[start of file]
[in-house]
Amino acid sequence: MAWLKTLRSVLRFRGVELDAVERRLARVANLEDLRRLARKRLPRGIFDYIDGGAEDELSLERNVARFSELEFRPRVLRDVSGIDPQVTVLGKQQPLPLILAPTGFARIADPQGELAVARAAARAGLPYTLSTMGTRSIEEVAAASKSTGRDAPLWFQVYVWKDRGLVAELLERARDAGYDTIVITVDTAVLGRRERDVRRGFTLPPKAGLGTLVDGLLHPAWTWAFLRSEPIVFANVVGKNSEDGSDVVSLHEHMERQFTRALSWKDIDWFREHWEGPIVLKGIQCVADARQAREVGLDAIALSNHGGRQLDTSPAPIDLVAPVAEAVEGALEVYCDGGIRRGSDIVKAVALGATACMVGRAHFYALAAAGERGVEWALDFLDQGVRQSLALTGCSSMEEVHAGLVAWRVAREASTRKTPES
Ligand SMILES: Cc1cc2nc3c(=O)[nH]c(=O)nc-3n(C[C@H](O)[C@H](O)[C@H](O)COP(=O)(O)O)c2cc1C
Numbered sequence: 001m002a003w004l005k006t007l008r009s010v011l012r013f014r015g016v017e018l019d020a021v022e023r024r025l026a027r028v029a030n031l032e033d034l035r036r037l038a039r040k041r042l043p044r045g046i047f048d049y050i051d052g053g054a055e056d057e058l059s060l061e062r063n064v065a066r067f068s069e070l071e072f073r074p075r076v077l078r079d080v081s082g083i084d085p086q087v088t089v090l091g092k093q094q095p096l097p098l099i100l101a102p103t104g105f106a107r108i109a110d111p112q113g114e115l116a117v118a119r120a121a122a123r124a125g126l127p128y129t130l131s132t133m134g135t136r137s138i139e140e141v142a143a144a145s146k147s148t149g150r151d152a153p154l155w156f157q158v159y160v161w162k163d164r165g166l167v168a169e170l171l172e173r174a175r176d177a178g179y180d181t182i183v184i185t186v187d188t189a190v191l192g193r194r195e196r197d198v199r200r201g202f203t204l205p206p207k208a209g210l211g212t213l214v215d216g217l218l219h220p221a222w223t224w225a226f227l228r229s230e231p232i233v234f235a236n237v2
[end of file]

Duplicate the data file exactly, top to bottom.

[in-house]
Amino acid sequence: MAWLKTLRSVLRFRGVELDAVERRLARVANLEDLRRLARKRLPRGIFDYIDGGAEDELSLERNVARFSELEFRPRVLRDVSGIDPQVTVLGKQQPLPLILAPTGFARIADPQGELAVARAAARAGLPYTLSTMGTRSIEEVAAASKSTGRDAPLWFQVYVWKDRGLVAELLERARDAGYDTIVITVDTAVLGRRERDVRRGFTLPPKAGLGTLVDGLLHPAWTWAFLRSEPIVFANVVGKNSEDGSDVVSLHEHMERQFTRALSWKDIDWFREHWEGPIVLKGIQCVADARQAREVGLDAIALSNHGGRQLDTSPAPIDLVAPVAEAVEGALEVYCDGGIRRGSDIVKAVALGATACMVGRAHFYALAAAGERGVEWALDFLDQGVRQSLALTGCSSMEEVHAGLVAWRVAREASTRKTPES
Ligand SMILES: Cc1cc2nc3c(=O)[nH]c(=O)nc-3n(C[C@H](O)[C@H](O)[C@H](O)COP(=O)(O)O)c2cc1C
Numbered sequence: 001m002a003w004l005k006t007l008r009s010v011l012r013f014r015g016v017e018l019d020a021v022e023r024r025l026a027r028v029a030n031l032e033d034l035r036r037l038a039r040k041r042l043p044r045g046i047f048d049y050i051d052g053g054a055e056d057e058l059s060l061e062r063n064v065a066r067f068s069e070l071e072f073r074p075r076v077l078r079d080v081s082g083i084d085p086q087v088t089v090l091g092k093q094q095p096l097p098l099i100l101a102p103t104g105f106a107r108i109a110d111p112q113g114e115l116a117v118a119r120a121a122a123r124a125g126l127p128y129t130l131s132t133m134g135t136r137s138i139e140e141v142a143a144a145s146k147s148t149g150r151d152a153p154l155w156f157q158v159y160v161w162k163d164r165g166l167v168a169e170l171l172e173r174a175r176d177a178g179y180d181t182i183v184i185t186v187d188t189a190v191l192g193r194r195e196r197d198v199r200r201g202f203t204l205p206p207k208a209g210l211g212t213l214v215d216g217l218l219h220p221a222w223t224w225a226f227l228r229s230e231p232i233v234f235a236n237v2